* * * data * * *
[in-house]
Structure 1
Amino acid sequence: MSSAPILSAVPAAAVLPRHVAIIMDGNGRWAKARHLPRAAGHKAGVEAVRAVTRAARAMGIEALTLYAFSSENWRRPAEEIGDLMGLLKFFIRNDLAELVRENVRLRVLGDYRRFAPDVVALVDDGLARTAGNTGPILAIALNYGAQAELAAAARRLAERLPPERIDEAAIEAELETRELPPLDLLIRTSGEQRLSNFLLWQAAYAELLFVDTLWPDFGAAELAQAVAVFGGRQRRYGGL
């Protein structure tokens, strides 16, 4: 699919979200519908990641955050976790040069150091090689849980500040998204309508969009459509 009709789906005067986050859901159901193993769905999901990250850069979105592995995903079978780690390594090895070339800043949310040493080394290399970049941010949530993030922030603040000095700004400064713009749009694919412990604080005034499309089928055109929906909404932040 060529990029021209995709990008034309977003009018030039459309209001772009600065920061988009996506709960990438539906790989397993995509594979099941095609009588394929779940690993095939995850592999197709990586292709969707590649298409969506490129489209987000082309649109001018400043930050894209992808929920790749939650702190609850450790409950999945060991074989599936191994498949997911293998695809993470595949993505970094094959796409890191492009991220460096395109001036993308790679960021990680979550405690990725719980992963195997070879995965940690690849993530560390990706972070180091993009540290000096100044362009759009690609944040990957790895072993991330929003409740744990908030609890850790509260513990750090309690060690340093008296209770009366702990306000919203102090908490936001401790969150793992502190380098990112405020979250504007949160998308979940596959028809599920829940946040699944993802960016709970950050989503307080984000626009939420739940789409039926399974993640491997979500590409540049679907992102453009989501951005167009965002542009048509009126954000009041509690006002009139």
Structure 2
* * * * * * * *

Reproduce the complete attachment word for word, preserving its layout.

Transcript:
[in-house]
Structure 1
Amino acid sequence: MSSAPILSAVPAAAVLPRHVAIIMDGNGRWAKARHLPRAAGHKAGVEAVRAVTRAARAMGIEALTLYAFSSENWRRPAEEIGDLMGLLKFFIRNDLAELVRENVRLRVLGDYRRFAPDVVALVDDGLARTAGNTGPILAIALNYGAQAELAAAARRLAERLPPERIDEAAIEAELETRELPPLDLLIRTSGEQRLSNFLLWQAAYAELLFVDTLWPDFGAAELAQAVAVFGGRQRRYGGL
């Protein structure tokens, strides 16, 4: 699919979200519908990641955050976790040069150091090689849980500040998204309508969009459509 009709789906005067986050859901159901193993769905999901990250850069979105592995995903079978780690390594090895070339800043949310040493080394290399970049941010949530993030922030603040000095700004400064713009749009694919412990604080005034499309089928055109929906909404932040 060529990029021209995709990008034309977003009018030039459309209001772009600065920061988009996506709960990438539906790989397993995509594979099941095609009588394929779940690993095939995850592999197709990586292709969707590649298409969506490129489209987000082309649109001018400043930050894209992808929920790749939650702190609850450790409950999945060991074989599936191994498949997911293998695809993470595949993505970094094959796409890191492009991220460096395109001036993308790679960021990680979550405690990725719980992963195997070879995965940690690849993530560390990706972070180091993009540290000096100044362009759009690609944040990957790895072993991330929003409740744990908030609890850790509260513990750090309690060690340093008296209770009366702990306000919203102090908490936001401790969150793992502190380098990112405020979250504007949160998308979940596959028809599920829940946040699944993802960016709970950050989503307080984000626009939420739940789409039926399974993640491997979500590409540049679907992102453009989501951005167009965002542009048509009126954000009041509690006002009139």
Structure 2